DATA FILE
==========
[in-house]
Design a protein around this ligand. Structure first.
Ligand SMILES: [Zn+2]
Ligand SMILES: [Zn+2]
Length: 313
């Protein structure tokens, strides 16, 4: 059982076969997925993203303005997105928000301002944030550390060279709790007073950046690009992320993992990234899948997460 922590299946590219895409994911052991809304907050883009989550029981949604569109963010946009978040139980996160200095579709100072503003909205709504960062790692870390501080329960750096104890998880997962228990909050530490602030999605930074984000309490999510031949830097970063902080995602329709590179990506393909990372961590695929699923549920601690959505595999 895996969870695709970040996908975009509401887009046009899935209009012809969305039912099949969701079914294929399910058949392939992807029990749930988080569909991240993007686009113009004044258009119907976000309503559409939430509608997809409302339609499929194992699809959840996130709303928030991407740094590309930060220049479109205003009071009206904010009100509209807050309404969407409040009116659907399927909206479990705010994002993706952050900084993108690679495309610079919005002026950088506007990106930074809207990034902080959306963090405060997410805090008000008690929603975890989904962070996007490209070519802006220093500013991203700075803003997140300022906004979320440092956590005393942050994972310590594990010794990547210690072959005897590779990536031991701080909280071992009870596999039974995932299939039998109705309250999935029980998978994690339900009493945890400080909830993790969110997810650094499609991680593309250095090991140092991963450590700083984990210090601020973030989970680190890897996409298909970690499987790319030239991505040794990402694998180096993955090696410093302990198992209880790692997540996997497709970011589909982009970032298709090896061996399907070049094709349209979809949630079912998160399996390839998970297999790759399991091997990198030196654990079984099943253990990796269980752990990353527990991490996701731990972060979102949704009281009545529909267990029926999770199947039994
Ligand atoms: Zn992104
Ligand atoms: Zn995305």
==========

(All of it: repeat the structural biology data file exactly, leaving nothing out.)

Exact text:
[in-house]
Design a protein around this ligand. Structure first.
Ligand SMILES: [Zn+2]
Ligand SMILES: [Zn+2]
Length: 313
């Protein structure tokens, strides 16, 4: 059982076969997925993203303005997105928000301002944030550390060279709790007073950046690009992320993992990234899948997460 922590299946590219895409994911052991809304907050883009989550029981949604569109963010946009978040139980996160200095579709100072503003909205709504960062790692870390501080329960750096104890998880997962228990909050530490602030999605930074984000309490999510031949830097970063902080995602329709590179990506393909990372961590695929699923549920601690959505595999 895996969870695709970040996908975009509401887009046009899935209009012809969305039912099949969701079914294929399910058949392939992807029990749930988080569909991240993007686009113009004044258009119907976000309503559409939430509608997809409302339609499929194992699809959840996130709303928030991407740094590309930060220049479109205003009071009206904010009100509209807050309404969407409040009116659907399927909206479990705010994002993706952050900084993108690679495309610079919005002026950088506007990106930074809207990034902080959306963090405060997410805090008000008690929603975890989904962070996007490209070519802006220093500013991203700075803003997140300022906004979320440092956590005393942050994972310590594990010794990547210690072959005897590779990536031991701080909280071992009870596999039974995932299939039998109705309250999935029980998978994690339900009493945890400080909830993790969110997810650094499609991680593309250095090991140092991963450590700083984990210090601020973030989970680190890897996409298909970690499987790319030239991505040794990402694998180096993955090696410093302990198992209880790692997540996997497709970011589909982009970032298709090896061996399907070049094709349209979809949630079912998160399996390839998970297999790759399991091997990198030196654990079984099943253990990796269980752990990353527990991490996701731990972060979102949704009281009545529909267990029926999770199947039994
Ligand atoms: Zn992104
Ligand atoms: Zn995305």